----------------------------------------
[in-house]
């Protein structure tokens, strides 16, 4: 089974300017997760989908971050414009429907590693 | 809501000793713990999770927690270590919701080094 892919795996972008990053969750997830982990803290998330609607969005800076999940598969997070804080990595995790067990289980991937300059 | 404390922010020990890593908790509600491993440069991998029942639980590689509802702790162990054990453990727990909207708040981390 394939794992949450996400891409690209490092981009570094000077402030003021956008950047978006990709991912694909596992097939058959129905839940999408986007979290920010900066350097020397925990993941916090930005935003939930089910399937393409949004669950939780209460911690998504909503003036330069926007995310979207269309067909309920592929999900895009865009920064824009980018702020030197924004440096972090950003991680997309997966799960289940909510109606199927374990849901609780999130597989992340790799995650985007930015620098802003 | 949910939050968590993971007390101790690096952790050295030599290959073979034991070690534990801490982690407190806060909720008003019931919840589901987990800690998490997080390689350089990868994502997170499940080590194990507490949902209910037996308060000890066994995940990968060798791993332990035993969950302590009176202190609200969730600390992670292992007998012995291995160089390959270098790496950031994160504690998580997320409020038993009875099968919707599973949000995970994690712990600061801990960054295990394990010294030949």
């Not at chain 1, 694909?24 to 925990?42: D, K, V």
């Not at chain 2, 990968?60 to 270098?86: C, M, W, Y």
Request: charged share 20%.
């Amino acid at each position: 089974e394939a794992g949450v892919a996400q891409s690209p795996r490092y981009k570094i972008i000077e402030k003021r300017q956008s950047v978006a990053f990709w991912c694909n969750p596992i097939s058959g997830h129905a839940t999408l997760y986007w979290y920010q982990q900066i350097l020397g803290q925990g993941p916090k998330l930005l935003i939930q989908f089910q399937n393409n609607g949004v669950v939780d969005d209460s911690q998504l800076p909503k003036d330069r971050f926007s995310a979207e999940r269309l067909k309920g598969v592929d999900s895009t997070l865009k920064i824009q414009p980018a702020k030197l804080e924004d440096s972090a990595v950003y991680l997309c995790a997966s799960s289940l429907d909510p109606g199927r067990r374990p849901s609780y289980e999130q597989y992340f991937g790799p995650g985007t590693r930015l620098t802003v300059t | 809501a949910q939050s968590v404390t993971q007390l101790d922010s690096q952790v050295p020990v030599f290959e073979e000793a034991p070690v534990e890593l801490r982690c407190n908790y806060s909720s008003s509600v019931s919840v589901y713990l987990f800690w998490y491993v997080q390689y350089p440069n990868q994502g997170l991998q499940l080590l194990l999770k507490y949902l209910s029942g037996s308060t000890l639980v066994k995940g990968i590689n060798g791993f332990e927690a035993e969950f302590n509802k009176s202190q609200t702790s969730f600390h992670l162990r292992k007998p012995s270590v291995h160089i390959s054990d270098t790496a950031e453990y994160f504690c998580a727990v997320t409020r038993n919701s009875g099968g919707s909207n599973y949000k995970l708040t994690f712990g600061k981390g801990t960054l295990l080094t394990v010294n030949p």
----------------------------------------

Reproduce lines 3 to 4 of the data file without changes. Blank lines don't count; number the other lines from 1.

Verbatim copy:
């Not at chain 1, 694909?24 to 925990?42: D, K, V």
């Not at chain 2, 990968?60 to 270098?86: C, M, W, Y």